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Regression Testing Methodology

After modifications have been done to an existing application, you need confidence that those modifications have not negatively impacted other functionality. That’s where regression testing comes in.

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After modifications have been done to an existing application, you need confidence that those modifications have not negatively impacted other functionality. That’s where regression testing comes in. While absolutely necessary, regression testing can create a bottleneck in the SDLC, especially if it’s not automated. In addition, regression testing alone can encompass up to three-quarters of the total cost of testing.

A good regression strategy is necessary for timely, cost-effective, and thorough test execution. Running the entire suite of tests that could number in the many thousands is prohibitively expensive and time consuming. Execution scope must be decreased in order to reduce the expense and time frame of a regression. There are different techniques for regression test selection, but we have developed our own methodology at QA Mentor that helps reduce costs and decreases the time spent testing, while still offering good coverage.

Our first step is to meet with the development team to assess all of the changes made to the application and their impact to the existing functionality. This impact analysis is best done with the team that coded all of the changes since they are the ones who know exactly what they wrote and how it integrates with other parts of the system. During this meeting we work with the development team to isolate modules or functional areas that were not affected by the changes in any way. Once we have eliminated the functional areas that do not need regression testing, we can focus on identifying the ones that do, and to what extent they require additional testing.

Regression testing alone can encompass up to three-quarters of the total cost of testing.

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Next, we tackle the regression test repository. We identify tests that are now obsolete due to current or past changes. We also modify existing tests to reflect the changes made to the system, and create new ones that may be necessary due to added functionality. It’s very important that the test case repository is properly maintained in this way at every release, as it speeds up future testing and makes it more accurate and effective.

Once the regression suite has been updated, we identify and select test cases for each of our three phases of regression testing. When selecting test cases for any regression phase, we take a risk-based approach to select the appropriate test cases and avoid multiple negative scenarios. The risk analysis is helped in part by the initial conversation with the development team.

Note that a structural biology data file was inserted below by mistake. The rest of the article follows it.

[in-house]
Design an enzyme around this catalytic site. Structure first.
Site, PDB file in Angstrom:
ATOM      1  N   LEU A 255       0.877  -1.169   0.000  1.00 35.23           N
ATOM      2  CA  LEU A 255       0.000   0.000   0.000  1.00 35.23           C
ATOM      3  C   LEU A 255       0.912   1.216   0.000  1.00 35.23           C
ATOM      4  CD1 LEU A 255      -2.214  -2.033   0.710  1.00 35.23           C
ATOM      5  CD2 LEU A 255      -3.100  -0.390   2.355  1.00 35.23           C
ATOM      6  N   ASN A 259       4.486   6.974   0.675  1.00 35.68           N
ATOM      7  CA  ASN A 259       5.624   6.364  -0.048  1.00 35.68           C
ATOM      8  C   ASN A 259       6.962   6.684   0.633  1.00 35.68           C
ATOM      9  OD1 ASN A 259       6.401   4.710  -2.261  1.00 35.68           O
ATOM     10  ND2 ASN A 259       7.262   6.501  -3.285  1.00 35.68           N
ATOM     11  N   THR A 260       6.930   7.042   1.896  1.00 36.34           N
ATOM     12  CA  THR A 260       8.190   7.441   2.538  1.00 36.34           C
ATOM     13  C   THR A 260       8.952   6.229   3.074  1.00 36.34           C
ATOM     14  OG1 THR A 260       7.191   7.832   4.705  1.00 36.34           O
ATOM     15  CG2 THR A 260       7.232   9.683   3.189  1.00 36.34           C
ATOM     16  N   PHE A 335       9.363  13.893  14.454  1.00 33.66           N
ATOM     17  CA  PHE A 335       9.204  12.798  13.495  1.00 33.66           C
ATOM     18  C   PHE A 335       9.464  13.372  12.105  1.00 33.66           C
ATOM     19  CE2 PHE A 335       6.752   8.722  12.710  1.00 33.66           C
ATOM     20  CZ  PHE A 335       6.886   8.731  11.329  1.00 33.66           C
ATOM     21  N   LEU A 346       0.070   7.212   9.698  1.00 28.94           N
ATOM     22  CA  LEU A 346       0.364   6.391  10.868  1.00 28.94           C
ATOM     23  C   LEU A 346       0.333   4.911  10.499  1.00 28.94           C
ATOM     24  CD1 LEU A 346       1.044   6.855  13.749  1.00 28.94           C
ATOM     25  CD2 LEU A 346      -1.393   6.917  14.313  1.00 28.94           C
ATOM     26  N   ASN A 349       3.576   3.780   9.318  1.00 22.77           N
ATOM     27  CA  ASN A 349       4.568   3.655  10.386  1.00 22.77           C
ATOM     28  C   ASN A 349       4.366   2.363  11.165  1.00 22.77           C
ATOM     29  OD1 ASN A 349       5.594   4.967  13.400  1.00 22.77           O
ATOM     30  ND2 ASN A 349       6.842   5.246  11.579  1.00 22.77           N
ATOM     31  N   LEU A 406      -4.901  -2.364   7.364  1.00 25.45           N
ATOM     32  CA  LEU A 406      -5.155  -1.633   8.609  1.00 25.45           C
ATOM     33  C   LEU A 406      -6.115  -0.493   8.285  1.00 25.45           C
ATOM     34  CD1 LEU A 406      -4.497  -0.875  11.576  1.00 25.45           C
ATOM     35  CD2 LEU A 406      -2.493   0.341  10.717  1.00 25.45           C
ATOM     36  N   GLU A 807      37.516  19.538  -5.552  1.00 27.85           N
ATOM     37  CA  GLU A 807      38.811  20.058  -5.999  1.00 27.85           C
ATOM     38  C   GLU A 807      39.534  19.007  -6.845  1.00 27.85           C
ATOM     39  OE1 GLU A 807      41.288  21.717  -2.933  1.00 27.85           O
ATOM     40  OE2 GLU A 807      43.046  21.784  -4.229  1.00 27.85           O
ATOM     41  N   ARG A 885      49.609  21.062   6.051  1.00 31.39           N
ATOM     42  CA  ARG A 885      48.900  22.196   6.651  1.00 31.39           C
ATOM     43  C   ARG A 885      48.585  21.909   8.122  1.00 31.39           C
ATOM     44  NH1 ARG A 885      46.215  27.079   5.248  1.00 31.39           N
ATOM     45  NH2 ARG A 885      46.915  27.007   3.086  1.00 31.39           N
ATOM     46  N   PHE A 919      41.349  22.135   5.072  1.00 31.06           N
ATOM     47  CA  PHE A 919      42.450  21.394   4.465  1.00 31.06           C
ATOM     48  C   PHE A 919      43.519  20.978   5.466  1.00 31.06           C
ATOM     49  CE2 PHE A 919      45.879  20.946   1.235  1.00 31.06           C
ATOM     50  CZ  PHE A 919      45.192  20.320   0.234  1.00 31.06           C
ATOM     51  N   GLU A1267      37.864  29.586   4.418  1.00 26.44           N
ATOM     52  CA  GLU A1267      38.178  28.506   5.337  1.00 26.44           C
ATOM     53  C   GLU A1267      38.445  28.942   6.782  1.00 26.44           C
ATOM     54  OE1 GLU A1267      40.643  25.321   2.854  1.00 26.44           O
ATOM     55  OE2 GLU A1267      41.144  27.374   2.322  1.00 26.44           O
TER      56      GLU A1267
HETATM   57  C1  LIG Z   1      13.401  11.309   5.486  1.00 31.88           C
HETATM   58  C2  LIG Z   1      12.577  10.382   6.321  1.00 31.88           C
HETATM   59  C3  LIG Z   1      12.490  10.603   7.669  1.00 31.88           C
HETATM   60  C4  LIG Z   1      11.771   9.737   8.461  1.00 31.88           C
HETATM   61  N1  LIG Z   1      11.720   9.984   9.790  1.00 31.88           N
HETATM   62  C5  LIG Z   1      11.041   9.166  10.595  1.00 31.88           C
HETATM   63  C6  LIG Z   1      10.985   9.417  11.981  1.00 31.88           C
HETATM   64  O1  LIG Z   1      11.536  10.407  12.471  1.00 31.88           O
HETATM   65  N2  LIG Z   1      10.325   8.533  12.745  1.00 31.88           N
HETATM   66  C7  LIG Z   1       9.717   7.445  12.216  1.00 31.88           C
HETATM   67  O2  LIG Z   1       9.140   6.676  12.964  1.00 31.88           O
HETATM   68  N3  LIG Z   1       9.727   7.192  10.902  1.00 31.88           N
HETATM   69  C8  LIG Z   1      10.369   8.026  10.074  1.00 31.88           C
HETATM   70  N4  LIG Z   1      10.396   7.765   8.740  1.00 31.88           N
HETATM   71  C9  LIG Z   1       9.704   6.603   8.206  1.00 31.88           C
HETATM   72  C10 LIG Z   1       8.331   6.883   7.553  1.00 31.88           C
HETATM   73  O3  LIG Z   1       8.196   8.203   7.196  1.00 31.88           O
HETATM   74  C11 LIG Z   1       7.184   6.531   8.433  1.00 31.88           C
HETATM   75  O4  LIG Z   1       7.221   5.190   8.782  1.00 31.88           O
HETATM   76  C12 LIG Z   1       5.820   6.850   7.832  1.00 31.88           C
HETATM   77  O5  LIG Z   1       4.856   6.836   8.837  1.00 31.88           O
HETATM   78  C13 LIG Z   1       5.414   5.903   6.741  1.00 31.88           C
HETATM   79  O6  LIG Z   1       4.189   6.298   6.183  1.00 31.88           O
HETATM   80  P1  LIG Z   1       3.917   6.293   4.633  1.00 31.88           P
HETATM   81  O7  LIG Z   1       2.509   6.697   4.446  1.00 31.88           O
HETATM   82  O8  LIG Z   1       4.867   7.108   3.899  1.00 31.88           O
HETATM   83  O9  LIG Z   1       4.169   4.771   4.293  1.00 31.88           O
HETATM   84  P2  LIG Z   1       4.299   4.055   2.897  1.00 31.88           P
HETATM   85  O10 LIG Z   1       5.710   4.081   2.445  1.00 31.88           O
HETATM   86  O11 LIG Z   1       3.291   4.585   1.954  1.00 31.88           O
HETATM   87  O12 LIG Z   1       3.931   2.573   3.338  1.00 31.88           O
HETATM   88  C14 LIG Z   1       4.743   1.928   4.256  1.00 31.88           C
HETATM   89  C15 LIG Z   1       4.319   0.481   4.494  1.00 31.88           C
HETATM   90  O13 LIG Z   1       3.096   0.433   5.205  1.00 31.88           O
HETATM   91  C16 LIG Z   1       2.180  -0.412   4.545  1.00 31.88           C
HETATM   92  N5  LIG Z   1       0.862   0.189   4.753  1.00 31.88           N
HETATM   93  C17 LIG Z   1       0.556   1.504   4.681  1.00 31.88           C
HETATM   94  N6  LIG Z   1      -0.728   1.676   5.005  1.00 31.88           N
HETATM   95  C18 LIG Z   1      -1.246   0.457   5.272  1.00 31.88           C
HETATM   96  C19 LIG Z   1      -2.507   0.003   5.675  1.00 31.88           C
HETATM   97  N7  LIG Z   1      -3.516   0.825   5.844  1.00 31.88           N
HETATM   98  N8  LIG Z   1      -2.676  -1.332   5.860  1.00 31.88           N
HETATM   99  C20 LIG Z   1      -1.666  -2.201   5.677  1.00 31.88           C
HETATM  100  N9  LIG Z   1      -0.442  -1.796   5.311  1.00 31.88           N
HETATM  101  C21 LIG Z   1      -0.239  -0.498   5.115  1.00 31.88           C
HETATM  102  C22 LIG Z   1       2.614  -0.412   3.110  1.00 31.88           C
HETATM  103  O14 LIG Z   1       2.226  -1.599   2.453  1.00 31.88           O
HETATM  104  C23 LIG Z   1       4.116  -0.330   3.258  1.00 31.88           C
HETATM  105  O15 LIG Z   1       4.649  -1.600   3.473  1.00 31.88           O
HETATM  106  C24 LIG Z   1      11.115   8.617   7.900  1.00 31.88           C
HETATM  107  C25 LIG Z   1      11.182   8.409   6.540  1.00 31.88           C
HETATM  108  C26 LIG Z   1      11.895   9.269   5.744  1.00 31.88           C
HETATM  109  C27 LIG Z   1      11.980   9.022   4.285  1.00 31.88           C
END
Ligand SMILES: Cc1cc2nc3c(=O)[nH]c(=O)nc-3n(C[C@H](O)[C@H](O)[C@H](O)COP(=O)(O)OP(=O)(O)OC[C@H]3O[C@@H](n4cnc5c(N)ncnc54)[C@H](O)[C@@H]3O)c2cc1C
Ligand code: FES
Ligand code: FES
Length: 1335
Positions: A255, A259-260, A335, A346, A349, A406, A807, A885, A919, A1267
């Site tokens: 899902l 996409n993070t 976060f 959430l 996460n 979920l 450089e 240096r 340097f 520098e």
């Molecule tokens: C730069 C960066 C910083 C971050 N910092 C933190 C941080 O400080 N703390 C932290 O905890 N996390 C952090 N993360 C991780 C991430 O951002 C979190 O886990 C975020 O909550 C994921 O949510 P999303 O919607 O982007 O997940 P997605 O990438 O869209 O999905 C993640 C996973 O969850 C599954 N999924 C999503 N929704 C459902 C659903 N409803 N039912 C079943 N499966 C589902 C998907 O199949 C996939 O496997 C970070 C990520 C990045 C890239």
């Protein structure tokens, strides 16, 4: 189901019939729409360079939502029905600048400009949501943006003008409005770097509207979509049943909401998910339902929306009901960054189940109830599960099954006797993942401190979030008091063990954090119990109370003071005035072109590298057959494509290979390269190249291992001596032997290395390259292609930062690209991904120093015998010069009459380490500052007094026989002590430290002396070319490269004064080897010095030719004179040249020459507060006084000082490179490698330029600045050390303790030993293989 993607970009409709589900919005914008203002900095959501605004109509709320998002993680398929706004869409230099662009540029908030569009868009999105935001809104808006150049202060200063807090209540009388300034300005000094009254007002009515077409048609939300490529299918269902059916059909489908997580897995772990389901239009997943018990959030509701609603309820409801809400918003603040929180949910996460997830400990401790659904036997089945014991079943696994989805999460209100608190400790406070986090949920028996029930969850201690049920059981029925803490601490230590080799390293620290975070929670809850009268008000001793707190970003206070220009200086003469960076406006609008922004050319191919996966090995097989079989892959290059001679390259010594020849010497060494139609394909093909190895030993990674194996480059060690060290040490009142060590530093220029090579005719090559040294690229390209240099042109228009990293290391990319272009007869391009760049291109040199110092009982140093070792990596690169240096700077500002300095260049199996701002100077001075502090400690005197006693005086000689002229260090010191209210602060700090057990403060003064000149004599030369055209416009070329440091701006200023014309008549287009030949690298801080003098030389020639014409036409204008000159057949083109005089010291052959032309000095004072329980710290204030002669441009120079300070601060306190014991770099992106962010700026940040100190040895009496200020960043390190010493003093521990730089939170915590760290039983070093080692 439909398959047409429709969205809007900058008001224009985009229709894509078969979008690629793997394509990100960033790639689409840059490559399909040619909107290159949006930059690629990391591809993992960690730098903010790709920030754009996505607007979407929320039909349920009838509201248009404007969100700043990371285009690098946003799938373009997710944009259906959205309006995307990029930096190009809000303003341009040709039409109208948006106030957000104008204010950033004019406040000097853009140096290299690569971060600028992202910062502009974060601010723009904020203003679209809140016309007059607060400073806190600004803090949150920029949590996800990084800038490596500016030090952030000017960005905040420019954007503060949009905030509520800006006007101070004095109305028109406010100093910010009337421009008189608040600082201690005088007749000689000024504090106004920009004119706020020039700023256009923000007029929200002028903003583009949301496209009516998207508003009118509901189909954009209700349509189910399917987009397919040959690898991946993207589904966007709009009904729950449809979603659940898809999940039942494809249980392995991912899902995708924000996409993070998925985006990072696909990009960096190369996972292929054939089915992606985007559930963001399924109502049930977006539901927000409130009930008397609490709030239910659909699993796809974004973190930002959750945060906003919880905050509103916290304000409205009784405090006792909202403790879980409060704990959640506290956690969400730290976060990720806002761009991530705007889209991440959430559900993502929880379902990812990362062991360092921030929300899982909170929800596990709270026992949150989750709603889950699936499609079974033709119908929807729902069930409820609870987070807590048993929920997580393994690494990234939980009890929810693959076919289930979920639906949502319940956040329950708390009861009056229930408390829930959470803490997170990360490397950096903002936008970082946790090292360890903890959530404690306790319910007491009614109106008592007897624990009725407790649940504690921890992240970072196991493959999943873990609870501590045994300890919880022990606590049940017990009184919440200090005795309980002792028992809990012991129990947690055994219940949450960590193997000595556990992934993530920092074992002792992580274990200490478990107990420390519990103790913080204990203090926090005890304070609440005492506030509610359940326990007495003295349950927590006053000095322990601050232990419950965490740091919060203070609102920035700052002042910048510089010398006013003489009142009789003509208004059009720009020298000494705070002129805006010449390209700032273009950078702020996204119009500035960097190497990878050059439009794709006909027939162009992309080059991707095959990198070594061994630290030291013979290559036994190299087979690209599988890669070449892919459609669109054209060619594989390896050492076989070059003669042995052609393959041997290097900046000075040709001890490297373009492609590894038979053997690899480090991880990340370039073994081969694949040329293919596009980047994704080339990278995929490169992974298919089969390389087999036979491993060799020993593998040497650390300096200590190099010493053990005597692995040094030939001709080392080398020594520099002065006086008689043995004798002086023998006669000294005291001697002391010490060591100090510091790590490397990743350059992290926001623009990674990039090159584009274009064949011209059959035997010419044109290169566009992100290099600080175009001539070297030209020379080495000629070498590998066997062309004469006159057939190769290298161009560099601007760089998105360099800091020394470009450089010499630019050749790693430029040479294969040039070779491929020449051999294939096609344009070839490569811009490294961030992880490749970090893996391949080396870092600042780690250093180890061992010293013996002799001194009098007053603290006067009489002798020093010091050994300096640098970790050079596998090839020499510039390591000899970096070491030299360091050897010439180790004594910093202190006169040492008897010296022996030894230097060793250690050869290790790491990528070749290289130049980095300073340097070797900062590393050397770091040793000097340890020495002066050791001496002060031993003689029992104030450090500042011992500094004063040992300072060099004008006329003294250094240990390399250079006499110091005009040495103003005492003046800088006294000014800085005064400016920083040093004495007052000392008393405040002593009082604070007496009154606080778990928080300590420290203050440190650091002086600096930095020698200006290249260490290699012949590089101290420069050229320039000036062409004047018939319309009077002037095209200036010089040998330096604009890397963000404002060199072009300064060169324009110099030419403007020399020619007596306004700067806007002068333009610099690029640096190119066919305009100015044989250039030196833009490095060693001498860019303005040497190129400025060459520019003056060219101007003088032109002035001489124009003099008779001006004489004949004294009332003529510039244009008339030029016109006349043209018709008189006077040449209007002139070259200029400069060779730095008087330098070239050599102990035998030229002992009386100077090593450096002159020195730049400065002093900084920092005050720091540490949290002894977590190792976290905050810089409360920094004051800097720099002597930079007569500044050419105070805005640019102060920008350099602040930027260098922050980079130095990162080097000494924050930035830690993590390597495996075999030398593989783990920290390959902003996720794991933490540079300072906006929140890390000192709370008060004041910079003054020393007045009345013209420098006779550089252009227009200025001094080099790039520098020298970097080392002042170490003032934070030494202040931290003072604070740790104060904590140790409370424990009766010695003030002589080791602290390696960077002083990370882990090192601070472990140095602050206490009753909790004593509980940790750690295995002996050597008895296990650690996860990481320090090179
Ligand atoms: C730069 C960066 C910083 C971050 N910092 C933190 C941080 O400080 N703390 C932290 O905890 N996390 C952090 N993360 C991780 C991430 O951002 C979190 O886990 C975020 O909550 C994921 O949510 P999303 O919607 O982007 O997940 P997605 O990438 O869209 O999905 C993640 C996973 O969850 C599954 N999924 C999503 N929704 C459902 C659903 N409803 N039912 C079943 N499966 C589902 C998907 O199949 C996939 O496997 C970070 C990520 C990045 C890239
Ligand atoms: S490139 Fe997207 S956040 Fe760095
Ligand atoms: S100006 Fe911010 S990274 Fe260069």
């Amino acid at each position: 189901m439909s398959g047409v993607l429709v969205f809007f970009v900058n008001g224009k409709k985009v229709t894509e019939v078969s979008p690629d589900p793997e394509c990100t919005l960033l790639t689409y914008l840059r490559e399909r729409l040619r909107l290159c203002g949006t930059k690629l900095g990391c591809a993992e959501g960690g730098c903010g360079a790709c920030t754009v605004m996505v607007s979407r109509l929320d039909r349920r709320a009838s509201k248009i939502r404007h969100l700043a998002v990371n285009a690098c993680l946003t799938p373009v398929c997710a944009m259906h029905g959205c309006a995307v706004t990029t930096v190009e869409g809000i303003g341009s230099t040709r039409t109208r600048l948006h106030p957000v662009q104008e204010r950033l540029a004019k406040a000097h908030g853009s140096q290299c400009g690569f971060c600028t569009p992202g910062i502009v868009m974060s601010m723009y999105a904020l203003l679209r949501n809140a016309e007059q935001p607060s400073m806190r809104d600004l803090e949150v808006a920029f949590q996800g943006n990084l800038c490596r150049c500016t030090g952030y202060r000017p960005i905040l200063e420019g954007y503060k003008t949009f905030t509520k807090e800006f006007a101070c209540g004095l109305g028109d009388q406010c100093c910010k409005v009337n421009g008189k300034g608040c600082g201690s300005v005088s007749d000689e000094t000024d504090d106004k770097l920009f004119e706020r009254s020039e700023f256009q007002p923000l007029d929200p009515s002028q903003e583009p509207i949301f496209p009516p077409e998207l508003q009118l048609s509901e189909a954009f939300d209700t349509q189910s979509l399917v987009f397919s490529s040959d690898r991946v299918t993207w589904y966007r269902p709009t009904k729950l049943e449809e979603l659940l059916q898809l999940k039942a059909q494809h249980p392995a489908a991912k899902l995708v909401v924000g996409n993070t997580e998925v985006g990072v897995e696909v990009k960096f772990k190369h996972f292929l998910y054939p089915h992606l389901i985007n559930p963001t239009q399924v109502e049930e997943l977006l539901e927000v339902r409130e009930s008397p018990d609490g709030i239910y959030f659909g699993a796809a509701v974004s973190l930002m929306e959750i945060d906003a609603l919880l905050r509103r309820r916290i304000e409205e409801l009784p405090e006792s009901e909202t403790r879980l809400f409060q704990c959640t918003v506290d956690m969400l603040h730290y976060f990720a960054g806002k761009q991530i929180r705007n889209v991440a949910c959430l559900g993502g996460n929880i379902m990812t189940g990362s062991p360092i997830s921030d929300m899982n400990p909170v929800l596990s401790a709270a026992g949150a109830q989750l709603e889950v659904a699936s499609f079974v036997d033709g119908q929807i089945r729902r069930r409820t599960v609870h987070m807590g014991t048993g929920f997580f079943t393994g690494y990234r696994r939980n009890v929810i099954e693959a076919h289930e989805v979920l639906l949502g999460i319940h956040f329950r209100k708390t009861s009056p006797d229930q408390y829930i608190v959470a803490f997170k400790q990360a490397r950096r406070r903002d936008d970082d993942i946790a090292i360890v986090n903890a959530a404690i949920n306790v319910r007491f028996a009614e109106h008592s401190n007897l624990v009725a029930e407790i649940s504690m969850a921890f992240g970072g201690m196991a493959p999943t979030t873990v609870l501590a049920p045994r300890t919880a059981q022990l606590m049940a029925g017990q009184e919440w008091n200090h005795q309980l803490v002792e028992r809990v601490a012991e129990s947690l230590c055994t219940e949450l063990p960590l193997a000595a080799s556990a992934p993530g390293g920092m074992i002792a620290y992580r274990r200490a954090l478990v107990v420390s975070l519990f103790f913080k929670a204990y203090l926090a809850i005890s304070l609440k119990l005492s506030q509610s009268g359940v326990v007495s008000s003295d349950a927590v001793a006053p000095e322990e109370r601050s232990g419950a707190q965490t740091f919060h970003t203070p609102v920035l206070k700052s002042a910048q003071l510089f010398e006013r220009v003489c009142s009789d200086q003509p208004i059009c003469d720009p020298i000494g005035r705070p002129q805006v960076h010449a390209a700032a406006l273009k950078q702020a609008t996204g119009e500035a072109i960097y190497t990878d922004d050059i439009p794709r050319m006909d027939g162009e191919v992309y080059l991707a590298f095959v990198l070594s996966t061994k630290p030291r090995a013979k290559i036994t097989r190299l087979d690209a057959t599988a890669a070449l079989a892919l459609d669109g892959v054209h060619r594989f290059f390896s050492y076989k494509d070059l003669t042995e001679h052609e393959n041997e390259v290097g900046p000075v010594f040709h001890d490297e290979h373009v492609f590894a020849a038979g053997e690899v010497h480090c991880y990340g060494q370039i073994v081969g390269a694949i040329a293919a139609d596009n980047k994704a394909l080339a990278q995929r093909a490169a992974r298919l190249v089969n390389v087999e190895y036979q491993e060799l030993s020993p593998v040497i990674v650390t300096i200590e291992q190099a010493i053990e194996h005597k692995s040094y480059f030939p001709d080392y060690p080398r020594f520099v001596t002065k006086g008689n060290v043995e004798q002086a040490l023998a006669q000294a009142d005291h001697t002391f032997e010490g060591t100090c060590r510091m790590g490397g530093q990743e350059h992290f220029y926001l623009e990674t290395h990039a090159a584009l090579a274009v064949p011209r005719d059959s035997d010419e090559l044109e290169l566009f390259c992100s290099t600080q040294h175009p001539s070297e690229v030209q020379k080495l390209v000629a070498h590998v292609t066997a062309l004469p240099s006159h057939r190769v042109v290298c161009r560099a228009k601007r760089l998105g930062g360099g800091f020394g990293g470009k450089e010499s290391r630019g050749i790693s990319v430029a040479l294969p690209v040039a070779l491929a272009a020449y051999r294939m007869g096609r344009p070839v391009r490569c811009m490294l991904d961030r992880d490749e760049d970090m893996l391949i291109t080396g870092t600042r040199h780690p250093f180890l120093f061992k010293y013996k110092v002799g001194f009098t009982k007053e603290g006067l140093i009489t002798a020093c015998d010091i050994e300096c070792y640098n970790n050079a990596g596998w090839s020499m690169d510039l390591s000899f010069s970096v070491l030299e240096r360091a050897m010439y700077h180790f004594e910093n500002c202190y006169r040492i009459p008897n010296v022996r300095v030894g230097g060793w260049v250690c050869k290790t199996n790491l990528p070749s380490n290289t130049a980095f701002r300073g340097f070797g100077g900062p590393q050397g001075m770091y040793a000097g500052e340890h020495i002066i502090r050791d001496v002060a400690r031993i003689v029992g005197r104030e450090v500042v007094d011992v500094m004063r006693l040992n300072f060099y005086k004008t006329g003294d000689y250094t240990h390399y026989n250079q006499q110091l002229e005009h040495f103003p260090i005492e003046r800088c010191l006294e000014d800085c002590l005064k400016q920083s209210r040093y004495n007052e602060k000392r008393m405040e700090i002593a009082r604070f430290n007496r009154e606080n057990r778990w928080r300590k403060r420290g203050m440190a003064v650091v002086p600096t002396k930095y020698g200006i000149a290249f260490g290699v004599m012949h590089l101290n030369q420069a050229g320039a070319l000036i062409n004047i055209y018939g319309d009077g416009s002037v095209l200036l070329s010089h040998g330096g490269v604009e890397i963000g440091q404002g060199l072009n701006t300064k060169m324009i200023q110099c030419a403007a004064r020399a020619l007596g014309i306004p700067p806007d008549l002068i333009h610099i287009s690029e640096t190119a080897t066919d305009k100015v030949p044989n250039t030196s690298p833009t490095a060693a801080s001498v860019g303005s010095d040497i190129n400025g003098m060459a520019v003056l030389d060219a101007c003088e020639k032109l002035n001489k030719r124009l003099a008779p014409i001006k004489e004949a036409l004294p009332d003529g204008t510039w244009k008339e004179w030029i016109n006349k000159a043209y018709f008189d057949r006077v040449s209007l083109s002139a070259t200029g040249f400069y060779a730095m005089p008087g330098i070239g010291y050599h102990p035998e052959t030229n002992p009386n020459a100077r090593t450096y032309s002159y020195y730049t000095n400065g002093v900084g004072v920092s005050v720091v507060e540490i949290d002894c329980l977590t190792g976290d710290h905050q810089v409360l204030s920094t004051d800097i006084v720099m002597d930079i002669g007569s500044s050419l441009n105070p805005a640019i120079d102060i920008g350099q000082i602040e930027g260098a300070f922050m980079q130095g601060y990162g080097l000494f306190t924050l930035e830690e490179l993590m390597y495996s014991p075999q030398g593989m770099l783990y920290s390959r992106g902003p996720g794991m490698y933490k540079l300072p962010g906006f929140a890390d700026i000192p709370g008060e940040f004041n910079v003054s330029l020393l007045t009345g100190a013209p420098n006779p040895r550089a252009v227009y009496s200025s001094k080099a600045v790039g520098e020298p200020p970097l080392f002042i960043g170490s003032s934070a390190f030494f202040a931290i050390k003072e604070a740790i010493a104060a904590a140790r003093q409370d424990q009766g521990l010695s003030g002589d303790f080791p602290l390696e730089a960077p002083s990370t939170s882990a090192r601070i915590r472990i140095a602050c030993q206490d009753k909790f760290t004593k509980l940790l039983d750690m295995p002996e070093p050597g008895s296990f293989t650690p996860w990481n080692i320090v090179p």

The first stage of regression testing we select test cases for is a Focused Regression. It covers – or focuses on – the specific functionality around the new or modified code. The regression testing of affected areas is done in tandem with the functional testing of the new or modified pieces. Some testers on the team focus only on areas impacted by the changes, and others work solely on the new or modified functionality. In this way, regression testing isn’t done at the end of the cycle and instead started closer to the beginning so that defects can be found and fixed earlier. Experience has taught us that the new or modified areas sometimes do not work well with other sections of code, forcing the entire modification to be altered or even new modifications added. It’s far more efficient to discover this earlier rather than later.

Maintaining Regression Test Inventory

Identify obsolete tests

Modify tests to reflect changes

Create new ones for new functionality

QA Mentor Regression Testing Methodology

Regression Testing Issues

Once we have identified the focused regression test cases, we select the test cases for the Expanded Regression, which incorporates tests for functional areas not directly related to the changes, but possibly affected by them. This regression phase will be executed after all coding is complete and the code is frozen. If possible, it’s done using an automation tool but most often the test cases are manually executed.

Our next set of tests selected from the repository are for the New Release Functional Regression Testing. We select 30% of the newly added functional test cases as a mini-regression at the end of the cycle. This phase focuses only on the new enhancements, not existing functionality. Due to the earlier testing where defects were found and fixed, this final regression is performed as an extra safety precaution. Code changes were made in the previous regression phases, possibly multiple times. This final step is aimed at finding defects that may have been overlooked during the find and fix periods at the beginning. It also offers the opportunity of a higher level of confidence in the final product. There’s no need to execute all of the tests again, but we’ve found a 30% sample is more than sufficient.

Once we have all of the tests selected and grouped for the three regression phases, we establish an execution path for each phase and begin testing as soon as code is ready. With this methodology, we know we can reduce regression testing costs by reducing the time it takes to test, and without sacrificing quality as a result.

Three Phases of Regression Testing

With this methodology, we know we can reduce regression testing costs by reducing the time it takes to test, and without sacrificing quality as a result.

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